Police have arrested a 14-year-old boy on a manslaughter charge in connection to the fatal shooting of a 12-year-old boy at a Tampa home last month.
The teen, who was arrested Monday, admitted to shooting the boy while they were hanging out at a house on the 2600 block of East 111th Avenue on Jan. 8, according to a Tampa Police Department news release issued Friday. The boy told police that he did not mean to shoot the boy and thought the gun was unloaded.
The Hillsborough State Attorney’s Office has decided to prosecute the teen as an adult after reviewing the facts and the circumstances of the case, said Gary Weisman, chief of staff for State Attorney Susan Lopez. The Tampa Bay Times is not naming the teen because of his age.
Police have not released the name of the boy who was killed, but his family identified him as James Lett Jr., a seventh grader at Greco Middle School.
Police received a call that afternoon from someone reporting that a boy had been shot in the home. Officers found Lett in a bedroom, dead from a gunshot wound. A second boy, 15, had a gunshot wound to his mouth.
Investigators determined Lett and the other teen were both struck by the same bullet, according to police. Witnesses at the home told police that one of the juveniles at the home brought a gun to the house.
“Multiple juveniles had been arming themselves with the firearm, displaying it in a reckless manner, and at times pointing the firearm at one another for fun,” Friday’s news release states.
The 14-year-old boy “armed himself with the firearm and approached the other juveniles in the home” and “pointed the firearm at the victims and fired the gun.”
The single round struck Lett in the back of his head, traveled through him and then struck the 15-year-old boy, police said.
“This is a tragic reminder of the fact that it is essential for gun owners to practice safe storage of firearms,” interim police Chief Lee Bercaw said in a statement. “Had these juveniles not had easy access to guns in the home, a young man would still be alive today. It is critical for parents, guardians, and gun owners to ensure that firearms are stored in a place that is inaccessible to children, out of sight, and locked at all times.”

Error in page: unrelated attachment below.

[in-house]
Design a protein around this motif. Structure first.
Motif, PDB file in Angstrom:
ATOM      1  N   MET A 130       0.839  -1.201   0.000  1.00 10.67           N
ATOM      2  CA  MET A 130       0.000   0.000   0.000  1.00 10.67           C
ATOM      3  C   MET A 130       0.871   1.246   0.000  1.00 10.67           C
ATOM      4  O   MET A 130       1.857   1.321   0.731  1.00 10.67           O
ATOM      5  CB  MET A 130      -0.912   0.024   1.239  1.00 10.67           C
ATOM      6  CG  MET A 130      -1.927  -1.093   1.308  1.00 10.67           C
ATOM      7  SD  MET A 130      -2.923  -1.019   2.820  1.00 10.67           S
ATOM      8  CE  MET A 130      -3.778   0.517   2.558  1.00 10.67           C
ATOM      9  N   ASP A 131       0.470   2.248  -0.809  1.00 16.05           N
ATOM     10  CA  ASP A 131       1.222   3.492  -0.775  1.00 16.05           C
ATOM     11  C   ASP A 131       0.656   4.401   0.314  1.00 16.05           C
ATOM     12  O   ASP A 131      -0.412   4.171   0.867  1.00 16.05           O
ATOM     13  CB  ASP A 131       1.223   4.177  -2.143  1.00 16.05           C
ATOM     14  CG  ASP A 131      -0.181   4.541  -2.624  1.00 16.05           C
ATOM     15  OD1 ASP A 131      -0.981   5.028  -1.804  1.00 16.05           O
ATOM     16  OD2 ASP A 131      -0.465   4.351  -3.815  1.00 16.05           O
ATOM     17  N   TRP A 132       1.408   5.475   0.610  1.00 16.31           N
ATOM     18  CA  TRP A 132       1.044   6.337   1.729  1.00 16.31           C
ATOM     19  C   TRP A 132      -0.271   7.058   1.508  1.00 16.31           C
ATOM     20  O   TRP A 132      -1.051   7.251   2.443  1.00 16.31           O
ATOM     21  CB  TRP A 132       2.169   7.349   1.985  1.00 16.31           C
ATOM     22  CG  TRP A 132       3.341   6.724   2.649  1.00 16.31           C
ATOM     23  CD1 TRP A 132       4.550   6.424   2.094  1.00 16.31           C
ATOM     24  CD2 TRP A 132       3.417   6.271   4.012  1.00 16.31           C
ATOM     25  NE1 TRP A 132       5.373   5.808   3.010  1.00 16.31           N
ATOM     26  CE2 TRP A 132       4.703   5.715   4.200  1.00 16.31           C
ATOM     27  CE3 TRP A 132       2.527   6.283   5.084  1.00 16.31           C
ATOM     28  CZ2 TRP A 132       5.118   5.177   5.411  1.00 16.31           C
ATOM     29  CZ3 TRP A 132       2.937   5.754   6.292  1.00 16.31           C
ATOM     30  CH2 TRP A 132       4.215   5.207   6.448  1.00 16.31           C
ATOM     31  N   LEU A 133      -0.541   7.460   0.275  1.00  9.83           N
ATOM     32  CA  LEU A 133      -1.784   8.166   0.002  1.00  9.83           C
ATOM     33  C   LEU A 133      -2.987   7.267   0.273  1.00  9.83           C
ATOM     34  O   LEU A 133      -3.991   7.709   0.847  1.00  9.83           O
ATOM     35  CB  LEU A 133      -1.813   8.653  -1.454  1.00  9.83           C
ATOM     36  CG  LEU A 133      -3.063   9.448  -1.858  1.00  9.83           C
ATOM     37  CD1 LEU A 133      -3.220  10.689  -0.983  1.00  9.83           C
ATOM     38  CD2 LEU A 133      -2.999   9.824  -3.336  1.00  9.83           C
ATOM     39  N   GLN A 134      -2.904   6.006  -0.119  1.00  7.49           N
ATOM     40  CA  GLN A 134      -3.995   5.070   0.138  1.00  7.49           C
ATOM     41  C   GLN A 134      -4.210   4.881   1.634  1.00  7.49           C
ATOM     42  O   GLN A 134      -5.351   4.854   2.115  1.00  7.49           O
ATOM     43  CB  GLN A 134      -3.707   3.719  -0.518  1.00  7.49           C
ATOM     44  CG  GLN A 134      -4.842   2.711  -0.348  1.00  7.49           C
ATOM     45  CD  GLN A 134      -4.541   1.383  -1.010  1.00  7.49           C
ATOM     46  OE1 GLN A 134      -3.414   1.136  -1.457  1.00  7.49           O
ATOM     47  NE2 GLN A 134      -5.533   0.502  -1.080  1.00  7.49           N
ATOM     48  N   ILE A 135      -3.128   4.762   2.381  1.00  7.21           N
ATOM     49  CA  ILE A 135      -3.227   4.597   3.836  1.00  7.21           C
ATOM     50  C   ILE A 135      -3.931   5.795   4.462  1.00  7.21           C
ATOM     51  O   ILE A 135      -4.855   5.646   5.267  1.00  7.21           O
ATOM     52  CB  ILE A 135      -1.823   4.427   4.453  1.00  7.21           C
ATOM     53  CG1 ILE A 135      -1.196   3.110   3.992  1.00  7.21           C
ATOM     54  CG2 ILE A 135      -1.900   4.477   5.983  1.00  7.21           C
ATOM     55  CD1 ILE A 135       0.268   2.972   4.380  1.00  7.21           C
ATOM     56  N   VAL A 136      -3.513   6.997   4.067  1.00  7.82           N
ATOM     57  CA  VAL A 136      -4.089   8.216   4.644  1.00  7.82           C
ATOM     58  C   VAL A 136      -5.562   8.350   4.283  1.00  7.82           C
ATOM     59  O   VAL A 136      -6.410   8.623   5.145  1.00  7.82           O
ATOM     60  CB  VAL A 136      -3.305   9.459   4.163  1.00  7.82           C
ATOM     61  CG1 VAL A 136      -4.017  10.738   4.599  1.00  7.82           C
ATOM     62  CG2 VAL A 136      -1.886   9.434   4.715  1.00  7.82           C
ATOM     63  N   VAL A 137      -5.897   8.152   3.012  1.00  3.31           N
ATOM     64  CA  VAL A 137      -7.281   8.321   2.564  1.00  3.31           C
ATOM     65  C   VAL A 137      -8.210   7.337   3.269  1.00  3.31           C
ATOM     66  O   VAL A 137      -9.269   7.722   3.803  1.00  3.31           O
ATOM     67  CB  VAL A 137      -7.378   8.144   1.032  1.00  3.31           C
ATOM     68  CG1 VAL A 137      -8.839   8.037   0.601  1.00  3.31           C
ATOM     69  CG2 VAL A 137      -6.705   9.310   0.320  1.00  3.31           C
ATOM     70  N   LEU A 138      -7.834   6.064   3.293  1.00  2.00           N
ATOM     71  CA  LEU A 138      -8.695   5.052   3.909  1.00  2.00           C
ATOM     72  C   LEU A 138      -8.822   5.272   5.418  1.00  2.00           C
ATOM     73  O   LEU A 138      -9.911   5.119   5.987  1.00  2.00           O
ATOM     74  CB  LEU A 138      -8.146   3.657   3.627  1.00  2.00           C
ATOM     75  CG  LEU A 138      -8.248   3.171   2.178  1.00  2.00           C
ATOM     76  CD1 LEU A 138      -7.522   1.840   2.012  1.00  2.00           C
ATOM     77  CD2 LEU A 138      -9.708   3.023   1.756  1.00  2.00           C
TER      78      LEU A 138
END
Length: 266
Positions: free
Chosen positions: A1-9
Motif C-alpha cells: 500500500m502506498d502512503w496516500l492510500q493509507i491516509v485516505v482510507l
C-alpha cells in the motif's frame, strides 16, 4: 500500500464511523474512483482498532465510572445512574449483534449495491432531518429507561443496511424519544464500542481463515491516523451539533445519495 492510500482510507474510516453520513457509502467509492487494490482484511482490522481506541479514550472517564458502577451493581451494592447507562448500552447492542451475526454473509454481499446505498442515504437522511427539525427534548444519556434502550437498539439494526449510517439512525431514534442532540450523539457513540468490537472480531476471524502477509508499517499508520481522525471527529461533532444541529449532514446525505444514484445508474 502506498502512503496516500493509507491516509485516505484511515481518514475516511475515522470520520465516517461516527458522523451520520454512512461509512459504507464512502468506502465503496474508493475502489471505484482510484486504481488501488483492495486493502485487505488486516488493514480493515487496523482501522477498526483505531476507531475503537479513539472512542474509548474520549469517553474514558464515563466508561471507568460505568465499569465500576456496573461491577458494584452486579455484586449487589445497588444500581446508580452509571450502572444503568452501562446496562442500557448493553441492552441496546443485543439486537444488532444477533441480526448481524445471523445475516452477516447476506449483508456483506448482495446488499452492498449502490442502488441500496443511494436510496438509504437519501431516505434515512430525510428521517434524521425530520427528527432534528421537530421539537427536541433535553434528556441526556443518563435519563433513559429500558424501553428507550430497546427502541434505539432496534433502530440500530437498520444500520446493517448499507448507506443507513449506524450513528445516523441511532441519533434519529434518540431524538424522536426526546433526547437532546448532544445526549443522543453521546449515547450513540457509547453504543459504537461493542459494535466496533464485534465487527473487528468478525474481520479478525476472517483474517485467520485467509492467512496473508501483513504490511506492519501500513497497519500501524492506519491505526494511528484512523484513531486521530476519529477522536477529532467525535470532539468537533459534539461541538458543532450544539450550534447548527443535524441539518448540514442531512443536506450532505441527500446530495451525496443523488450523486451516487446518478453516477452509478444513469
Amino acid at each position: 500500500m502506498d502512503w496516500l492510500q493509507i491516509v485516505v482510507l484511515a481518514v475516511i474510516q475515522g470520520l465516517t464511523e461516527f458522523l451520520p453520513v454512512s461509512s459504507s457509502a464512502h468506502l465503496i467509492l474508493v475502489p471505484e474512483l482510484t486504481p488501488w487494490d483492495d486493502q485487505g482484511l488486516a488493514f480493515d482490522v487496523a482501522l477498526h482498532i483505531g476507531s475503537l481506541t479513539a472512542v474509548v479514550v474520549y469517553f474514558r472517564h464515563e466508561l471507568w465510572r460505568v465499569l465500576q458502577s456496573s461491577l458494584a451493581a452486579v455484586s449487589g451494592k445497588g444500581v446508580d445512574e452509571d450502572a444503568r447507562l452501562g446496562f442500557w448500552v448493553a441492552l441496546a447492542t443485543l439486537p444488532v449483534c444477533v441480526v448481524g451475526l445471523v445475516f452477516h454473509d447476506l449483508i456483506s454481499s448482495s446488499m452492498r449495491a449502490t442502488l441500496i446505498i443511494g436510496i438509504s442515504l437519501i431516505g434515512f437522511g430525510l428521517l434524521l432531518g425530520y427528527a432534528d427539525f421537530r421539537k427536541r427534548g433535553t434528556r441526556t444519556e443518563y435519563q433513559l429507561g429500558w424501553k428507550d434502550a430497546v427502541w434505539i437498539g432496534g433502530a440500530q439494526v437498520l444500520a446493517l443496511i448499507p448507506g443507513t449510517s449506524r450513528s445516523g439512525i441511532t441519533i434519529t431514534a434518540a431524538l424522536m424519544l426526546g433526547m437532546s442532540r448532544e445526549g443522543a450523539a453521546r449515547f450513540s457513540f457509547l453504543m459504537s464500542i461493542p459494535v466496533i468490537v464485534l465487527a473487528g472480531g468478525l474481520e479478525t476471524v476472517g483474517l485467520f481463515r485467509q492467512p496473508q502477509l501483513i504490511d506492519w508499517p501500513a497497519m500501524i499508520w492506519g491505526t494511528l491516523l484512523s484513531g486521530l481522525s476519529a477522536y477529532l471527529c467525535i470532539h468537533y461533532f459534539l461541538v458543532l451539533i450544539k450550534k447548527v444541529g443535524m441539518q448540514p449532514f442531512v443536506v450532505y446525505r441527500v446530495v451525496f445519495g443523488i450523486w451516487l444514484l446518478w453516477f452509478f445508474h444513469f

Lett’s mother Latrina Jackson said Friday that she was glad to learn of the boy’s arrest, but the news about her son’s friend facing charges also brought mixed emotions.
“I’m thankful to the police for doing a thorough investigation and bringing justice for my son,” Jackson said. “I’m also sad because not only did I lose my son, now another mother is losing her child to the system.”
She said she was grateful for the many people who came to pay their respects to James during a memorial service last month at Exciting Faith Alive Church in Tampa. Among them were several Greco Middle School teachers and students. James was then buried at Rest Haven Cemetery.
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Jackson said she’s hopeful some good will come from her son’s death. That could happen, she said, “if we can save one child that has decided after that funeral, you know what, let me put this gun down, let me go back to school, let me change my life.”
“I just hope it wasn’t in vain,” she said.
Friday’s news release from Tampa police noted that the department offers free gun locks at its four district offices through its Project Locked and Unloaded. For more information, go to tampa.gov/police.